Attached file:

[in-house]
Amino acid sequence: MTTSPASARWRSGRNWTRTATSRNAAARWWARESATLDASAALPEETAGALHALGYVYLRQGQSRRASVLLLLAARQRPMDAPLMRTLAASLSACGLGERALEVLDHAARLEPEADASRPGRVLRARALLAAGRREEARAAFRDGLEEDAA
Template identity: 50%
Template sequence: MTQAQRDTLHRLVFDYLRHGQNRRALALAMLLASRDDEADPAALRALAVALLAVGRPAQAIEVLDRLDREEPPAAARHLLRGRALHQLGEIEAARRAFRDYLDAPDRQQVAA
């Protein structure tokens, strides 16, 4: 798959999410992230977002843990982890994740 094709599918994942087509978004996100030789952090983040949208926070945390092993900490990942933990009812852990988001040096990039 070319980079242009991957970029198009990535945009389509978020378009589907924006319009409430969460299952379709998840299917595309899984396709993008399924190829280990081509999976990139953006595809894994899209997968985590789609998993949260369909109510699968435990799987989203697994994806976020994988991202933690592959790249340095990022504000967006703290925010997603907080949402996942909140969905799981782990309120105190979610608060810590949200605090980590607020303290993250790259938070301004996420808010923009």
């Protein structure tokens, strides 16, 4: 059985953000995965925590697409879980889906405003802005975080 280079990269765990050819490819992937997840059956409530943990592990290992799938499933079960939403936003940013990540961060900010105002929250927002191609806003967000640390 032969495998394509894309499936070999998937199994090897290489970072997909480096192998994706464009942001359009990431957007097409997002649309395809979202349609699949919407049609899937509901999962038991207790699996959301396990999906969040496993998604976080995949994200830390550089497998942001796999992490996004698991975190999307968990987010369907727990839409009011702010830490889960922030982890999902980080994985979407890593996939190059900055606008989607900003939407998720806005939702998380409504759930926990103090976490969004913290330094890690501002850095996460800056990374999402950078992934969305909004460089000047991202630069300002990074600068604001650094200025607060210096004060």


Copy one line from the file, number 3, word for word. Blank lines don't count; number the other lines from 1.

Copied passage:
Template identity: 50%